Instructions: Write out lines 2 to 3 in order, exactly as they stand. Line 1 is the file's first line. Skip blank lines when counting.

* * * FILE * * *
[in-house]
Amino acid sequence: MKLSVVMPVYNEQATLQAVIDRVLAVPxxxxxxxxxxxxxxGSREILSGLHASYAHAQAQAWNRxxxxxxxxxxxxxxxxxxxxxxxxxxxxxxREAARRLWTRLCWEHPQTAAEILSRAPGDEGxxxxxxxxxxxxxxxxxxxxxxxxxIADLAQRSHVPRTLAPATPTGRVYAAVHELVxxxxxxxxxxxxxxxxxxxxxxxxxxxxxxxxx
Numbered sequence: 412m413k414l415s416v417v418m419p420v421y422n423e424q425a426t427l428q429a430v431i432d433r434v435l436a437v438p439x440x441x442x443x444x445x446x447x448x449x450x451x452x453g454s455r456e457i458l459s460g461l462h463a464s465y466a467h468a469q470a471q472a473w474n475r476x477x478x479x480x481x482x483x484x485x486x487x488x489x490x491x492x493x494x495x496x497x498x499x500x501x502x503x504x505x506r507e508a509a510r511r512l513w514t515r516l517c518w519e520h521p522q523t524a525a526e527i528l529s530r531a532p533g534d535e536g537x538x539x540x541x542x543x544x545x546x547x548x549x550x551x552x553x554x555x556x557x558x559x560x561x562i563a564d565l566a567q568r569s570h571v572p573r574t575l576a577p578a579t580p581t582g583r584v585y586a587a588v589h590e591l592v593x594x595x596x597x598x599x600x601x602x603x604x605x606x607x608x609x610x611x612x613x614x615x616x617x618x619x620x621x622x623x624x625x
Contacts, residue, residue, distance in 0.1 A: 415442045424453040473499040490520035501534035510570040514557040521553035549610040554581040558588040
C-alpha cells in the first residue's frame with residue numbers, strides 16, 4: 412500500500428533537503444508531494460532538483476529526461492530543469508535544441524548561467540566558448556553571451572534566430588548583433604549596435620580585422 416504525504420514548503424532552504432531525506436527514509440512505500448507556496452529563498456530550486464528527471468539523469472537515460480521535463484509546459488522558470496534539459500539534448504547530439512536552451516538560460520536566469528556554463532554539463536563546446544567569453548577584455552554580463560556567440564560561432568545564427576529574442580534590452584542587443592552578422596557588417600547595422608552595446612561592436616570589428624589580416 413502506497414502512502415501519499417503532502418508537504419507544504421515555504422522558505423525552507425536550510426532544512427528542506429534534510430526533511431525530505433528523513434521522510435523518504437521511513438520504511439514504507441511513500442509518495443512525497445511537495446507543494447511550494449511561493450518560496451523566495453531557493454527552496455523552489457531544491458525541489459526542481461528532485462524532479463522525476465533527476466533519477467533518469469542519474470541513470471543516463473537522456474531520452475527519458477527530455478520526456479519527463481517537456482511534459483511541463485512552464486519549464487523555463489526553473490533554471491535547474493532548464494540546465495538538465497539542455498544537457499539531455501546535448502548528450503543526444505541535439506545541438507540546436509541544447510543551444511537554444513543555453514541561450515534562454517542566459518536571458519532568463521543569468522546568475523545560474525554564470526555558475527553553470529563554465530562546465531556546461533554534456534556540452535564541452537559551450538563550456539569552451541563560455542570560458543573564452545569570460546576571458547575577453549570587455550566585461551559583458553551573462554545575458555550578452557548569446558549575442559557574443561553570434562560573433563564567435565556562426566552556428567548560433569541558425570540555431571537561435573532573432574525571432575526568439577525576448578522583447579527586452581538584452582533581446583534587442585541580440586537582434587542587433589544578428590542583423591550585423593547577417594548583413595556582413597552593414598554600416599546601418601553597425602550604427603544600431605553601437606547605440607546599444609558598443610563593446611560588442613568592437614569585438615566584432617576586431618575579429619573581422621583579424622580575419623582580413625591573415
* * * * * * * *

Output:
Amino acid sequence: MKLSVVMPVYNEQATLQAVIDRVLAVPxxxxxxxxxxxxxxGSREILSGLHASYAHAQAQAWNRxxxxxxxxxxxxxxxxxxxxxxxxxxxxxxREAARRLWTRLCWEHPQTAAEILSRAPGDEGxxxxxxxxxxxxxxxxxxxxxxxxxIADLAQRSHVPRTLAPATPTGRVYAAVHELVxxxxxxxxxxxxxxxxxxxxxxxxxxxxxxxxx
Numbered sequence: 412m413k414l415s416v417v418m419p420v421y422n423e424q425a426t427l428q429a430v431i432d433r434v435l436a437v438p439x440x441x442x443x444x445x446x447x448x449x450x451x452x453g454s455r456e457i458l459s460g461l462h463a464s465y466a467h468a469q470a471q472a473w474n475r476x477x478x479x480x481x482x483x484x485x486x487x488x489x490x491x492x493x494x495x496x497x498x499x500x501x502x503x504x505x506r507e508a509a510r511r512l513w514t515r516l517c518w519e520h521p522q523t524a525a526e527i528l529s530r531a532p533g534d535e536g537x538x539x540x541x542x543x544x545x546x547x548x549x550x551x552x553x554x555x556x557x558x559x560x561x562i563a564d565l566a567q568r569s570h571v572p573r574t575l576a577p578a579t580p581t582g583r584v585y586a587a588v589h590e591l592v593x594x595x596x597x598x599x600x601x602x603x604x605x606x607x608x609x610x611x612x613x614x615x616x617x618x619x620x621x622x623x624x625x